What do you think has become of the young and old men?
What do you think has become of the women and
                    children?

They are alive and well somewhere;
The smallest sprouts show there is really no death,
And if ever there was it led forward life, and does not wait
                    at the end to arrest it,
And ceased the moment life appeared. 

All goes onward and outward. . . .and nothing collapses,
And to die is different from what any one supposed, and
                    luckier.

That’s quite a different “definition” of grasses than we would find in an encyclopedia of science. Whitman creates all of these possibilities of being and meaning for a mundane thing. This is the power of poetry: it can shift the level of attention with which we view the everyday earth. This shift in attention can result in changed actions, with real consequences.

Growing up, I often visited the Joyce Kilmer Memorial Forest, a relatively small but remarkable part of the Nantahala National Forest. It is remarkable because it is an example of cove hardwood forest that has never been logged – a real rarity in the southeastern US.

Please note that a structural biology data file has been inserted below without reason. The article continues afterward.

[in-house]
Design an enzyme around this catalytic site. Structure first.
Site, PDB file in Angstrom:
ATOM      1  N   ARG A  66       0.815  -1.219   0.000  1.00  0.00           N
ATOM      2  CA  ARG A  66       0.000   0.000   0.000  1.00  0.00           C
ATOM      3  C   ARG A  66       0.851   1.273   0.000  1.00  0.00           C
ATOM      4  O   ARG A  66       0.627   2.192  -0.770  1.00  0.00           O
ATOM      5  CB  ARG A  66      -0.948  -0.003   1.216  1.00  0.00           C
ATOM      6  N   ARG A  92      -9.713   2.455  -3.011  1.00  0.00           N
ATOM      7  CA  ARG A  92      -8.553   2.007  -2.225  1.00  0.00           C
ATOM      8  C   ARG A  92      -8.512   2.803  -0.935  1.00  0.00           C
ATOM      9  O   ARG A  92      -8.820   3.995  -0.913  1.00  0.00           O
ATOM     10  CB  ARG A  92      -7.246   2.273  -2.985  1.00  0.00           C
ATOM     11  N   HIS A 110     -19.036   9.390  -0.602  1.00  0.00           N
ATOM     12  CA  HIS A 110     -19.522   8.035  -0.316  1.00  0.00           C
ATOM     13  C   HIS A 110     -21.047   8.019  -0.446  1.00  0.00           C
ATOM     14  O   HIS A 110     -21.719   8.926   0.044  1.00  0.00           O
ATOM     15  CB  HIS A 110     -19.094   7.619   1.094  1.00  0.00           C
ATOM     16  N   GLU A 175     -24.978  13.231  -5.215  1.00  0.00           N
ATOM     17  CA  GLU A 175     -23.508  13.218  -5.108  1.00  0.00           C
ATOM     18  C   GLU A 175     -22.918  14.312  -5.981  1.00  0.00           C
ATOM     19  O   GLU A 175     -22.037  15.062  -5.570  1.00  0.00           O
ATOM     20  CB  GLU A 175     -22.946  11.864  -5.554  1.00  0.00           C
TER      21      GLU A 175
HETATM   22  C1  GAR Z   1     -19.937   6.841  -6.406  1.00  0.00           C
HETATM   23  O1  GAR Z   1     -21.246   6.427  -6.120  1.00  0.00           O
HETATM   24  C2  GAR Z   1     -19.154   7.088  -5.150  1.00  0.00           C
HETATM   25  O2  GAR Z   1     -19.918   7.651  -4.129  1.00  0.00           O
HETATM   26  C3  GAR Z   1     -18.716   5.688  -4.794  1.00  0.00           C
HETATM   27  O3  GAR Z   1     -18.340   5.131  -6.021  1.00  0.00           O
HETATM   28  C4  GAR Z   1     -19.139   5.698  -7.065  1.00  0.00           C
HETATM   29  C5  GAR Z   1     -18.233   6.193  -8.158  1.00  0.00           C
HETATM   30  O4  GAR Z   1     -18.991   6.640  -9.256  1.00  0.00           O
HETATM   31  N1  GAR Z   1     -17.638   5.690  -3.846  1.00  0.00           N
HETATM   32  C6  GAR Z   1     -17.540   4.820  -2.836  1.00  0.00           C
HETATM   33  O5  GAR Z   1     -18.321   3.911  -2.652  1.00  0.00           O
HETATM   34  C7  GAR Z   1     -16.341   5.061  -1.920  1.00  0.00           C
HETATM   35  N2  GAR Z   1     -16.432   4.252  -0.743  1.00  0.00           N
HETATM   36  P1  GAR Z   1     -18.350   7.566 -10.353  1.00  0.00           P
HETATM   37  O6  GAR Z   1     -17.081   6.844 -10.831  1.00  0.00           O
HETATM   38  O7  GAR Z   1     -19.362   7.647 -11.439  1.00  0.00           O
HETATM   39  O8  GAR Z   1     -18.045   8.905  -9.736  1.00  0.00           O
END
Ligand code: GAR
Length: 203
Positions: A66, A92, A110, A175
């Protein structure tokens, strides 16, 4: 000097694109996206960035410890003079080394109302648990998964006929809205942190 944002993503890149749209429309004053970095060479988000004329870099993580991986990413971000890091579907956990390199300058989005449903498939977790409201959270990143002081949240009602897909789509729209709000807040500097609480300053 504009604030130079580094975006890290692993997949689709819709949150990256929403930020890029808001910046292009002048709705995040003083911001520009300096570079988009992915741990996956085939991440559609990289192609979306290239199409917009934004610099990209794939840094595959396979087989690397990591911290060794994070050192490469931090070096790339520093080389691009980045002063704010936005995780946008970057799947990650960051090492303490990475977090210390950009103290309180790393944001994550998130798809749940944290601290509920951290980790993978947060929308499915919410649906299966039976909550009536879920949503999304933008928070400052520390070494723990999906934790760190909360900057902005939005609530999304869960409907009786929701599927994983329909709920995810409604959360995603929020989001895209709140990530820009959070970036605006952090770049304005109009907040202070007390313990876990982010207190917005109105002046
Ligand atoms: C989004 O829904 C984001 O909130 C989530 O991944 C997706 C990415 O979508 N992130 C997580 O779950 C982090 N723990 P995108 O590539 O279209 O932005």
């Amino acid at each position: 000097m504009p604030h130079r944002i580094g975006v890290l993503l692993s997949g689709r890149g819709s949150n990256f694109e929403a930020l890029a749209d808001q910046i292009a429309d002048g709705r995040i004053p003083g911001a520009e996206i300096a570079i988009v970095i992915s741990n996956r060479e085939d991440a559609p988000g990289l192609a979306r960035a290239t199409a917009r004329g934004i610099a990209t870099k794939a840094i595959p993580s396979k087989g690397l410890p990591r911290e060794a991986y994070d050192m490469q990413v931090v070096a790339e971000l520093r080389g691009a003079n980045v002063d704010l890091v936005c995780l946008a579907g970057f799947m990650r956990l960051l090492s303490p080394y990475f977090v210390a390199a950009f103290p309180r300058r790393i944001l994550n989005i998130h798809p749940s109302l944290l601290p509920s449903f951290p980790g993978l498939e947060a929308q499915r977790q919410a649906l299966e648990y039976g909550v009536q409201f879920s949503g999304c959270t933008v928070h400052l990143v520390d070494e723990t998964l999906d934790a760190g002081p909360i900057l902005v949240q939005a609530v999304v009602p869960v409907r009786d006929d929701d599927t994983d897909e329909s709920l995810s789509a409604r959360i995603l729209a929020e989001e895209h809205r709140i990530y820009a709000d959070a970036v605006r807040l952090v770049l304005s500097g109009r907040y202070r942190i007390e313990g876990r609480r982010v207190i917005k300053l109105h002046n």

A stand of trees is a fitting memorial because Kilmer is the author of the much-beloved poem, “Trees”:

I think that I shall never see
A poem lovely as a tree…

 In this case, then, we might say that poetry managed to save a bit of the earth – an encouraging example.

Can poetry really save the earth? Not by itself. But neither can science or technology alone, either. It’s a symbiotic relationship and we need to give both kinds of thinking and action equal precedence. If there’s one thing we should have learned about the earth by now, it’s that things are far more interconnected than they sometimes appear on the surface.


Putting Annie to the Oreo Test

April 7, 2010

 By Sean “What do you Mean Oreos are Bad for You?” Rule, Math